An independent trade policy, we are often told, is the ‘great prize’ of Brexit. In some circles it has become a given that a swashbuckling Global Britain, unencumbered by ponderous, failing Europe will be free to lead the world in free trade, enriching our country and making us all better off.
That the supposed benefits of such an approach are outweighed by the enormous economic hit of decoupling from the European Single Market is not seriously in dispute. However, even on its own terms – turning Britain into more of a trading nation – we find this article of faith has become almost completely untethered from practical reality.
Instead, this approach would have Britain leave the world’s most advanced free trade area in pursuit of trade deals that will deliver less trade, less control and lower standards.
- Less trade: even with ambitious new trade deals, Britain will do at least £12 billion less in trade each year – after years of even lower trade while negotiations drag on
- Less control: on each of the five factors that make a country an attractive trade partner – market size, existing trade, current protection levels, the fallback or ‘BATNA’, and non-trade offers – the UK will be far weaker than the EU, leaving the government vulnerable and pressured to make foreign policy concessions to win trade with countries like China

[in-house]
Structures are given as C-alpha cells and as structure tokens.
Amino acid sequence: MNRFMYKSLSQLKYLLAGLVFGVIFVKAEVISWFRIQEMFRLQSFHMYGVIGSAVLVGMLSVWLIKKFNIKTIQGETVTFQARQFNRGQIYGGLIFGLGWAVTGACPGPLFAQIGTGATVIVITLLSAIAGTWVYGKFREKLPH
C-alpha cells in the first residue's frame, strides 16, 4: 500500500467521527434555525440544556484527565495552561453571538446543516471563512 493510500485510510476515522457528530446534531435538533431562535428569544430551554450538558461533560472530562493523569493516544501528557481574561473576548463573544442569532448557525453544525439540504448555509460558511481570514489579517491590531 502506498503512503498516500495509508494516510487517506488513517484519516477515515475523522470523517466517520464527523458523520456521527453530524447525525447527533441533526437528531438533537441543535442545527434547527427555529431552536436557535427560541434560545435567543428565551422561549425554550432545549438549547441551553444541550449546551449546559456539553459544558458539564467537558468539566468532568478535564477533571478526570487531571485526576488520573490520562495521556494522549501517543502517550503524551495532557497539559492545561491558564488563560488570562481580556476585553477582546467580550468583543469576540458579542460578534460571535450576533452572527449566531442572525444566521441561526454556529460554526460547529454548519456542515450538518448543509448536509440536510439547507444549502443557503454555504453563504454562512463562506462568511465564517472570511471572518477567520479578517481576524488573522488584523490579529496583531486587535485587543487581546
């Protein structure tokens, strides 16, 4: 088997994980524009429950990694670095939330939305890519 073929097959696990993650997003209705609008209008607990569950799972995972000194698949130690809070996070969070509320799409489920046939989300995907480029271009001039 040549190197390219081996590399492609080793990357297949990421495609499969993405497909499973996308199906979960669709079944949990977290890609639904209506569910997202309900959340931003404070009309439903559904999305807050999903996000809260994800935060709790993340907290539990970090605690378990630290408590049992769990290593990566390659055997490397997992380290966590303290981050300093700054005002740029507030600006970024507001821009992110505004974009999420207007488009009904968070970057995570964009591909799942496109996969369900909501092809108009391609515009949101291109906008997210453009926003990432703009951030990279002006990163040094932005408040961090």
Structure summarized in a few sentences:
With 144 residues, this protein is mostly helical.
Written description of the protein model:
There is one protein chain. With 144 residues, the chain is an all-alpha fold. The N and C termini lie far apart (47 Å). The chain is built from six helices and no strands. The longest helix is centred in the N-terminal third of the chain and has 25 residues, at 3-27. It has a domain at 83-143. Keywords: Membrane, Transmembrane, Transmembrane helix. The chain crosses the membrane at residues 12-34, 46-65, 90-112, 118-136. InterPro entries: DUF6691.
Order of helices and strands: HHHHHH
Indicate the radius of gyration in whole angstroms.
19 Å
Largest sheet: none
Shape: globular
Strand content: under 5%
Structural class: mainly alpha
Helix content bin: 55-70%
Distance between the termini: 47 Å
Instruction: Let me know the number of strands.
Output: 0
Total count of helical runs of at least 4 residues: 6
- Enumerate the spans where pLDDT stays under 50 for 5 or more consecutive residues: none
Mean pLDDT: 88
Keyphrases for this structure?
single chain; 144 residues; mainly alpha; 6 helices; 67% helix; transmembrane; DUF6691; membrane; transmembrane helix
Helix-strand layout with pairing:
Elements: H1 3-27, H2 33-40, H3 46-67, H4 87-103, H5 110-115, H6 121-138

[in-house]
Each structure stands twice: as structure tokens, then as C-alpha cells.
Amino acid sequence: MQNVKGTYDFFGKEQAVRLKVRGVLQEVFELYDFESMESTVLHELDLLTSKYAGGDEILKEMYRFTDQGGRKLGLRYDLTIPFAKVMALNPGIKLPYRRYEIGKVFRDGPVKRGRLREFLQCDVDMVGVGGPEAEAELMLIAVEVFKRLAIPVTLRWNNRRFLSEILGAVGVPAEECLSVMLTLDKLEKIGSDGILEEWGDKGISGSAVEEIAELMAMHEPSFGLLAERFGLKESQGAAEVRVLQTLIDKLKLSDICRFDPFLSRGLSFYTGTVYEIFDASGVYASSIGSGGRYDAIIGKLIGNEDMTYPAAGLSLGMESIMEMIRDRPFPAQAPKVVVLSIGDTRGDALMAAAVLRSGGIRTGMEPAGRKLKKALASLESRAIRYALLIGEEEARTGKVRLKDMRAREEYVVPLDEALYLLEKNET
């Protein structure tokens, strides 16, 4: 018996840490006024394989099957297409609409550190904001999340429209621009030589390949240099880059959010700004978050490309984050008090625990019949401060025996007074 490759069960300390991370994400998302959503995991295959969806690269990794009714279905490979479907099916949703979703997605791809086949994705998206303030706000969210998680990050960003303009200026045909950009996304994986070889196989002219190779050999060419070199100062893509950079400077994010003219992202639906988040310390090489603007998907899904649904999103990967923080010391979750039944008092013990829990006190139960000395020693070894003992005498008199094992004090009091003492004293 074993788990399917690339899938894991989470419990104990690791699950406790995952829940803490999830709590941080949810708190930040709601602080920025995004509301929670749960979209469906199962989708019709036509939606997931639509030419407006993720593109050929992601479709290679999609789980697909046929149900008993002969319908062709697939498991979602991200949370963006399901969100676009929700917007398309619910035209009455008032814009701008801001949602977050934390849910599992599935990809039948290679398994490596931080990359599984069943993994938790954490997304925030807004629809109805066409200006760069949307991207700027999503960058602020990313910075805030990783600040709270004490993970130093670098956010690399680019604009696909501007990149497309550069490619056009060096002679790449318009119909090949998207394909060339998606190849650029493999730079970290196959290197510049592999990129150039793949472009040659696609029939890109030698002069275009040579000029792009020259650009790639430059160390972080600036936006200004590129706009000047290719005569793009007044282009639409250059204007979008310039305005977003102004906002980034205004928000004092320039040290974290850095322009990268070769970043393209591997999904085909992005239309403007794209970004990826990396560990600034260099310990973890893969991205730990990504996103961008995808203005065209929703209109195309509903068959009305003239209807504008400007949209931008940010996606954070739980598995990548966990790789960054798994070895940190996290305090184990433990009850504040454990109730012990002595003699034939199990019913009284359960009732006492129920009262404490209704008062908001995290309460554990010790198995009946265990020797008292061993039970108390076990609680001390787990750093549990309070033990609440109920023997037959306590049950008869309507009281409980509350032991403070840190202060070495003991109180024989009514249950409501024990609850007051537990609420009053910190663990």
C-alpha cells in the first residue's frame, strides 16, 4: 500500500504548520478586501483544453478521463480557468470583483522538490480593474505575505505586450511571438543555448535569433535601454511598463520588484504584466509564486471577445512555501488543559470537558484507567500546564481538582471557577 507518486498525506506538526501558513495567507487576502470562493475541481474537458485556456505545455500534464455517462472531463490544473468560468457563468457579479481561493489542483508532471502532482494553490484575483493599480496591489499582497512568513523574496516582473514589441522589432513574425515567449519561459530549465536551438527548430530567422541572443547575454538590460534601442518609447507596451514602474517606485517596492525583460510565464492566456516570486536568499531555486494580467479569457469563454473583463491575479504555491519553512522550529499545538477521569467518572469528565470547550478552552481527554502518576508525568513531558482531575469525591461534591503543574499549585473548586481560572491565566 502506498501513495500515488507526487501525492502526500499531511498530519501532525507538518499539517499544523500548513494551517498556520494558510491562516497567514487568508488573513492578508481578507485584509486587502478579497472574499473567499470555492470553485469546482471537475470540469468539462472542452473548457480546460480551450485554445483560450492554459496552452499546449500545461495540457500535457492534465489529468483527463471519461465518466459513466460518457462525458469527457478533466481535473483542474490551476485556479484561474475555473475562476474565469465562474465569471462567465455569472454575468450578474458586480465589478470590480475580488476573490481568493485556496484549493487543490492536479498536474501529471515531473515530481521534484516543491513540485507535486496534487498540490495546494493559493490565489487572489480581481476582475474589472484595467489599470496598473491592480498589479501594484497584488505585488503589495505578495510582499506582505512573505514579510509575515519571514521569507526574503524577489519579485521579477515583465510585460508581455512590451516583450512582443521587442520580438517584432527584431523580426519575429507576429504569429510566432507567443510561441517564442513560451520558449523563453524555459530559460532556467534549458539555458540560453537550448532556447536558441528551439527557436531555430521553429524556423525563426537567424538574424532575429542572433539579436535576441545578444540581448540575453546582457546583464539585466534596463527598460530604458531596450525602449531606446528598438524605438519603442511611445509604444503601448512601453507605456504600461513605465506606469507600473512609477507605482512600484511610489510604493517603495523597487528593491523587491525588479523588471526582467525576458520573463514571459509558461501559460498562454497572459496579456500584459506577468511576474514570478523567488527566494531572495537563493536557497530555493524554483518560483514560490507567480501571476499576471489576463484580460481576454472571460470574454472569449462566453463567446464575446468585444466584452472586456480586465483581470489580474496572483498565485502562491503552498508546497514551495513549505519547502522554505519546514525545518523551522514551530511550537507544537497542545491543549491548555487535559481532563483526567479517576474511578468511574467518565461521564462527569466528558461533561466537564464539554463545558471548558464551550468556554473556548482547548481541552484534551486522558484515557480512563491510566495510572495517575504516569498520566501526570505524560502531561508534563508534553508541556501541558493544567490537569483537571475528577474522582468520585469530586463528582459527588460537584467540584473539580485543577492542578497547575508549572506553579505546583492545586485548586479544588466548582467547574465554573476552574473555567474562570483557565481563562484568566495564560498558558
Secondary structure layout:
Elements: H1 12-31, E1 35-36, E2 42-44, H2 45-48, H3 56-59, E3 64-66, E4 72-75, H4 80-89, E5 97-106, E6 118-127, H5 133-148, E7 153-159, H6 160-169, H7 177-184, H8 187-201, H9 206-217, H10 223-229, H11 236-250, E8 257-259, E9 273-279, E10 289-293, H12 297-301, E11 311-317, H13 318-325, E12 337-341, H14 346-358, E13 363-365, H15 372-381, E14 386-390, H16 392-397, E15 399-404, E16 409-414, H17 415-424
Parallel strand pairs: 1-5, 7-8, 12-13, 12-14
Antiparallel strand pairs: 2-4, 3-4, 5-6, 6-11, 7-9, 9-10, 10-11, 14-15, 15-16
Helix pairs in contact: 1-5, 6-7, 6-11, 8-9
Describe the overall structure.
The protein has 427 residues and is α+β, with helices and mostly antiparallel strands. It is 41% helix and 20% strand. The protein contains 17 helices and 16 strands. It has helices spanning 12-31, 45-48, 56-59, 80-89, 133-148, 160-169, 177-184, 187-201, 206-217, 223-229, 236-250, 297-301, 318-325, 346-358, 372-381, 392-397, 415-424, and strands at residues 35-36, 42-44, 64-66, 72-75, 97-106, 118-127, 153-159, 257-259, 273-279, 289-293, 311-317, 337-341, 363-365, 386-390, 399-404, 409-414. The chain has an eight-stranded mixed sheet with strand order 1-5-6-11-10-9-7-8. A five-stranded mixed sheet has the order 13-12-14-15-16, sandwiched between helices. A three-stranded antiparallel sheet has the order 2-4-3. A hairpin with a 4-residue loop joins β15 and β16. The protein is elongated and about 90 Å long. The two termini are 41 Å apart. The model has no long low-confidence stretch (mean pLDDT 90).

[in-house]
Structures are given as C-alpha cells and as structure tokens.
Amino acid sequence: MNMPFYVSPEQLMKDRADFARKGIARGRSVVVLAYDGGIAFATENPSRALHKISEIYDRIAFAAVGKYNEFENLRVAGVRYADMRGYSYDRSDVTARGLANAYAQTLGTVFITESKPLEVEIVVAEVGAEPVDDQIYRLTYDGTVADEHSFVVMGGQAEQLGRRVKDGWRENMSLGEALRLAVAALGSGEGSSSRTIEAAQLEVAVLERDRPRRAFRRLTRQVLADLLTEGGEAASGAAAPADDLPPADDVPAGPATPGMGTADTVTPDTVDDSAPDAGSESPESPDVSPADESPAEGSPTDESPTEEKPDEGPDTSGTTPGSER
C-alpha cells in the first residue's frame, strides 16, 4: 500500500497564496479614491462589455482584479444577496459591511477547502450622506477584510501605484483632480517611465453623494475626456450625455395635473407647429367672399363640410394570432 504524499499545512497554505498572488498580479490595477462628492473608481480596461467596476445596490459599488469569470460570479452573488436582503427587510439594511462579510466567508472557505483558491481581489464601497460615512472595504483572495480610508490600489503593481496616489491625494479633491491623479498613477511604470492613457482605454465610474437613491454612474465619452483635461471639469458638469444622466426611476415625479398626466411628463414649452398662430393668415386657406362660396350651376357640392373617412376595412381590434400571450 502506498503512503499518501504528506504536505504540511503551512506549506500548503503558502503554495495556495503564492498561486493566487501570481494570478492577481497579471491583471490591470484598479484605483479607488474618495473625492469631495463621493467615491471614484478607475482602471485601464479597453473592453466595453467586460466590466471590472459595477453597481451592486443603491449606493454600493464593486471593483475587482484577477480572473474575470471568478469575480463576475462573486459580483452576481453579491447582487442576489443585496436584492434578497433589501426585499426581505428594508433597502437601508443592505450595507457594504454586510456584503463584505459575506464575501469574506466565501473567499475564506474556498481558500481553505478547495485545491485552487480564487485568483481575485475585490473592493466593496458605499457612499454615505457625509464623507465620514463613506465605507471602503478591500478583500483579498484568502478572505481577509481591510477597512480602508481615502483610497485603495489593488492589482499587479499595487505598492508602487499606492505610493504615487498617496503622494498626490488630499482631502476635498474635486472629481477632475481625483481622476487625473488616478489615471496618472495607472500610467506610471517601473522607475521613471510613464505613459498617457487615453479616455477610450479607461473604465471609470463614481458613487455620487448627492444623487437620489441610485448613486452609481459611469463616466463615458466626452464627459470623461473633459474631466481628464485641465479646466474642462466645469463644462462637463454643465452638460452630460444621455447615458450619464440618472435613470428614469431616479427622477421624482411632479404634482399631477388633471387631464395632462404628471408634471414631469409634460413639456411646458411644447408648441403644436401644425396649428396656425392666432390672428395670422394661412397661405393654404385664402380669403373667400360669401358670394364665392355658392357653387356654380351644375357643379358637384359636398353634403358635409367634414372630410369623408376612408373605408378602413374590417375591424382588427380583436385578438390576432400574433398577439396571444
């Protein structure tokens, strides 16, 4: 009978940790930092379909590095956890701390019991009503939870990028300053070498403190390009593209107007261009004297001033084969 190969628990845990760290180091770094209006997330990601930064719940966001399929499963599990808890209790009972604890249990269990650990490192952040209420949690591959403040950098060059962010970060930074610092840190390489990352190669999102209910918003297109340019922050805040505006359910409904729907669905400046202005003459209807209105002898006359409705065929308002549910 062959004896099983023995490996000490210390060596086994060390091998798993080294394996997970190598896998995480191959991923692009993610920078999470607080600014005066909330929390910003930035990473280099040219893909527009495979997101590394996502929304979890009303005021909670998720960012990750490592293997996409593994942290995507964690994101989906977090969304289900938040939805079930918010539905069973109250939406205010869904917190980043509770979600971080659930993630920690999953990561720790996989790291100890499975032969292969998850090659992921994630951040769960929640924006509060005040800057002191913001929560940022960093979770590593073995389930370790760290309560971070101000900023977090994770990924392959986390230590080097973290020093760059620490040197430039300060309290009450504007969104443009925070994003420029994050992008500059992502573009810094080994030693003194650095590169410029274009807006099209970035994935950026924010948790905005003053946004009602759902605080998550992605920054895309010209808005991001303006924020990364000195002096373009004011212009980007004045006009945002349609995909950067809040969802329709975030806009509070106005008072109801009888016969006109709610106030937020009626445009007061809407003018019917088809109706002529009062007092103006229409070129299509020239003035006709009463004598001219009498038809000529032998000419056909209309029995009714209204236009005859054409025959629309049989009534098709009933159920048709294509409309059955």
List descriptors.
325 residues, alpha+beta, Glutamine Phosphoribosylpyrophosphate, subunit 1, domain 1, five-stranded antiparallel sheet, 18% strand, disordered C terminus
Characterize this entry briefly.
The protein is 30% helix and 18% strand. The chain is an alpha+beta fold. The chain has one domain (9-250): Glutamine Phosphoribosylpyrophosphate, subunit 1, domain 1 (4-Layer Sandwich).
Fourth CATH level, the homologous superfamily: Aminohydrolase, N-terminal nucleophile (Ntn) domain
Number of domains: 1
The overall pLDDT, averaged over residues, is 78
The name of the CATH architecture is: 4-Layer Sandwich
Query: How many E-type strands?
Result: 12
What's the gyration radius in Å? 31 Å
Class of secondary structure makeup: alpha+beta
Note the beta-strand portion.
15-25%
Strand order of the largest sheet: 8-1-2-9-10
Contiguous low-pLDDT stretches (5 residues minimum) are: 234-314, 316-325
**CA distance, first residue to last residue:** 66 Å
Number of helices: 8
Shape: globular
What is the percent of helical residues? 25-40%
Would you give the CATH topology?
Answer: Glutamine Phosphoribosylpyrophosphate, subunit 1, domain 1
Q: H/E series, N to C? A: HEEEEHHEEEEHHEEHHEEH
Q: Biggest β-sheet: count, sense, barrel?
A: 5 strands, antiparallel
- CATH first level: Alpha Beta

- Lower standards: to gain market access, Britain will have to adjust regulatory standards. Stated US priorities for trade include rules on hormone-injected beef, excess antibiotics use and even giving up geographical protections for goods like Stilton.
The UK, considered not in general economic terms but specifically as a trading nation, will be in an extremely difficult position after a hard Brexit. Leaving the single market and customs union, which together constitute the most advanced free trade bloc in the world, will slash Britain’s international trade.
Only a large number of unusually ambitious bilateral trade deals could make up for those losses. The UK will not be well-placed to achieve such agreement. Most trading partners will have good reason to prioritise negotiations with the EU over dealing with Britain, a small, already largely liberalised economy.
When negotiations do start, the UK’s small size mean it will likely obtain worse terms than the EU as a whole would. Britain’s greater need to strike a deal, thanks to being newly cut off from Europe’s single market, will exacerbate that uneven bargaining position. And the most plausible advantage of being an independent trading nation – the ability to make agreements more quickly than the European Commission – can only be realised if British negotiators are willing to use their newfound independence to make sizeable concessions.
From this structurally weak position, an independent trade policy is not a goal worth pursuing. The UK will be pushed to make unwelcome changes and give up important sovereign powers, in the course of negotiating deals which still will not compensate for the loss of trade with the EU.